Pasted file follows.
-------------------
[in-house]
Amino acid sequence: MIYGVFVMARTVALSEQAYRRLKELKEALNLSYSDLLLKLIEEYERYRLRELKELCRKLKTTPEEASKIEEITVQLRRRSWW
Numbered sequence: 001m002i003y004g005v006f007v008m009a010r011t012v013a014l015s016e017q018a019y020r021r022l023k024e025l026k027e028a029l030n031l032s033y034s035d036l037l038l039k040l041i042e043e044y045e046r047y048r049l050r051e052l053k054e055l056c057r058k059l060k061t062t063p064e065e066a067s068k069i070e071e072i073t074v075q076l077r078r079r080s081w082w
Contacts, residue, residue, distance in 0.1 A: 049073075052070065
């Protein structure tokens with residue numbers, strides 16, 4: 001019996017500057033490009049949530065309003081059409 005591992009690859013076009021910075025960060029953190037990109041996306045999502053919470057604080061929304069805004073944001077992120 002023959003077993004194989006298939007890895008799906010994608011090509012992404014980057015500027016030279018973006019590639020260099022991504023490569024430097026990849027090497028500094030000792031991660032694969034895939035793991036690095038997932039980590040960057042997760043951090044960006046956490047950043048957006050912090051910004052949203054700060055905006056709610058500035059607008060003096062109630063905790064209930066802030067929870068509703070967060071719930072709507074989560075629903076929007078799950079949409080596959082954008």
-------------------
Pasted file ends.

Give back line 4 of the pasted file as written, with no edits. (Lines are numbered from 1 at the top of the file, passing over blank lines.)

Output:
Contacts, residue, residue, distance in 0.1 A: 049073075052070065